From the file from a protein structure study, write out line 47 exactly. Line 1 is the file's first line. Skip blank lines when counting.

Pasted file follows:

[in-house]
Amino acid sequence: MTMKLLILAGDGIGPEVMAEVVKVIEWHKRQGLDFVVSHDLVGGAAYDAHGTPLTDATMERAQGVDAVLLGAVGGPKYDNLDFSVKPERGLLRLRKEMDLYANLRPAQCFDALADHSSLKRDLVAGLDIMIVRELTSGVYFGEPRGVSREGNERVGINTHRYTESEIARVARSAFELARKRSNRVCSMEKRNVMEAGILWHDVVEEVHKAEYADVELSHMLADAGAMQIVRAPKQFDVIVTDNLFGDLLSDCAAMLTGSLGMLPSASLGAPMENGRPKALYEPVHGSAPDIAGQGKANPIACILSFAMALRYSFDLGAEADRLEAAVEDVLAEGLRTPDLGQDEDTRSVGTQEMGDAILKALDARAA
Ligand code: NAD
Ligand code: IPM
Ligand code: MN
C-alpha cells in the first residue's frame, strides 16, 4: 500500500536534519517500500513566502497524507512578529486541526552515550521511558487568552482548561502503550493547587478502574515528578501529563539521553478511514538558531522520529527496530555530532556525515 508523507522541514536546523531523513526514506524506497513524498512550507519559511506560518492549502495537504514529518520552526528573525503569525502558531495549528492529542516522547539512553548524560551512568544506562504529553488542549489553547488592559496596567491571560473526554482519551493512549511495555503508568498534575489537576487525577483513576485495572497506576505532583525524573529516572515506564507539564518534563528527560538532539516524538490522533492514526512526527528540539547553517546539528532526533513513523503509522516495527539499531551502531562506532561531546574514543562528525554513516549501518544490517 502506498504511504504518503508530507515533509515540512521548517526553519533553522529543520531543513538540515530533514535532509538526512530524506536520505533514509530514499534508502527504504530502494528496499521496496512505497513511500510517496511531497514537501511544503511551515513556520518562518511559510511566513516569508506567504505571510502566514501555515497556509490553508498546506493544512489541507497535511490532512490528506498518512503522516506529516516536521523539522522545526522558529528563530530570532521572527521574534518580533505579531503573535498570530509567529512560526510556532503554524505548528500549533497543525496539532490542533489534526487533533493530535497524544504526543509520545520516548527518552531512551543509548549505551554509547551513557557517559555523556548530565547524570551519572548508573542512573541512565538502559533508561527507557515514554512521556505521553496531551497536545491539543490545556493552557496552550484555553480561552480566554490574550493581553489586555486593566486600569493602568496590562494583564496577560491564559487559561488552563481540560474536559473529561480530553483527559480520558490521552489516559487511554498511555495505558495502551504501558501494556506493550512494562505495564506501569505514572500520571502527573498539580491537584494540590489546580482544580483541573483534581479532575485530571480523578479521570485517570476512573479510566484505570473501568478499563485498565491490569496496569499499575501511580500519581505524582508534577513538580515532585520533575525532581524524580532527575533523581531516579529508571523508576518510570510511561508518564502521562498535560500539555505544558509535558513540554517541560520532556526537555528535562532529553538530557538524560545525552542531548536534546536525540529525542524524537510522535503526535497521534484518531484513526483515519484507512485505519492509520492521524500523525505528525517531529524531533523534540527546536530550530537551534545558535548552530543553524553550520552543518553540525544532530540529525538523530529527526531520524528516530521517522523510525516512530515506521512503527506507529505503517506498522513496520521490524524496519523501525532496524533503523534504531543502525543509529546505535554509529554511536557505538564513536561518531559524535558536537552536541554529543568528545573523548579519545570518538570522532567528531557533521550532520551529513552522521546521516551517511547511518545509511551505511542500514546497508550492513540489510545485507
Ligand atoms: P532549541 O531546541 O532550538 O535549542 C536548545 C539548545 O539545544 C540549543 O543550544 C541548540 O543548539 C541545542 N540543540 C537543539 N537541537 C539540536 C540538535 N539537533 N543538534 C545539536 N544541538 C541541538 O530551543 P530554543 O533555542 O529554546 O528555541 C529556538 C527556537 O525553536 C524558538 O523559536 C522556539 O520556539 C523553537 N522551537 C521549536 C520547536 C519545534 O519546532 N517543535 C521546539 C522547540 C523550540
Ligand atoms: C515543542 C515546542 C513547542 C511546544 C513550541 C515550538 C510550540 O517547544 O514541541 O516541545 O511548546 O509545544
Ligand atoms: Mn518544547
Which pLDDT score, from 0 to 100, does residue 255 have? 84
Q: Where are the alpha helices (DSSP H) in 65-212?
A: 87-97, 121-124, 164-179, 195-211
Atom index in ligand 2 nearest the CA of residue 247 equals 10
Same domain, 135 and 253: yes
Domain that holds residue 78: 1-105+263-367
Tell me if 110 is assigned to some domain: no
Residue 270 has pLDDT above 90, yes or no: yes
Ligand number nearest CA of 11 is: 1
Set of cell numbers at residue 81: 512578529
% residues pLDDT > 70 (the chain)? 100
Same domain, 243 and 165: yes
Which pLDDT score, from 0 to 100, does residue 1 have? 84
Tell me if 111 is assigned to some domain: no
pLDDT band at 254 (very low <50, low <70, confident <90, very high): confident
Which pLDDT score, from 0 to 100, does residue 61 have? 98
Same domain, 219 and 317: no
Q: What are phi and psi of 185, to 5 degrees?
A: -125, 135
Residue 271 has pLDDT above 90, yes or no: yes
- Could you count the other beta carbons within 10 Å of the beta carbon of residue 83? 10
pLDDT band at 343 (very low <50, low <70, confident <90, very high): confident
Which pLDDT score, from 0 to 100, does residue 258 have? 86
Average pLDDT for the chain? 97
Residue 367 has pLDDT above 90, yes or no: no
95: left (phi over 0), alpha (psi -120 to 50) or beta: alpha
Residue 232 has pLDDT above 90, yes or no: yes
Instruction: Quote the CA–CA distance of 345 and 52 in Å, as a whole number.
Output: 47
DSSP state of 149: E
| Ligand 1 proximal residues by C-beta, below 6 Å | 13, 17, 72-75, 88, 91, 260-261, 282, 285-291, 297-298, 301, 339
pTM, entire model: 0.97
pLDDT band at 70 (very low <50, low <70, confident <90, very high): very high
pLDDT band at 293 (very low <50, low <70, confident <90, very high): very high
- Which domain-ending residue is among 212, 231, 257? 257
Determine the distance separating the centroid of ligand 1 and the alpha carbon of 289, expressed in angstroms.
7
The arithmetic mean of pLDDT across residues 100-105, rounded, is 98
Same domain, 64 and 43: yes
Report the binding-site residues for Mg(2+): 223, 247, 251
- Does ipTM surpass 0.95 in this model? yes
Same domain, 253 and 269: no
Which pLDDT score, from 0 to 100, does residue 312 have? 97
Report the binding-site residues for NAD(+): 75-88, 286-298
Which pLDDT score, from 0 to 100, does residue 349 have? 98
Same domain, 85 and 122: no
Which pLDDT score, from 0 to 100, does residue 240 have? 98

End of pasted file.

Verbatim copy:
The arithmetic mean of pLDDT across residues 100-105, rounded, is 98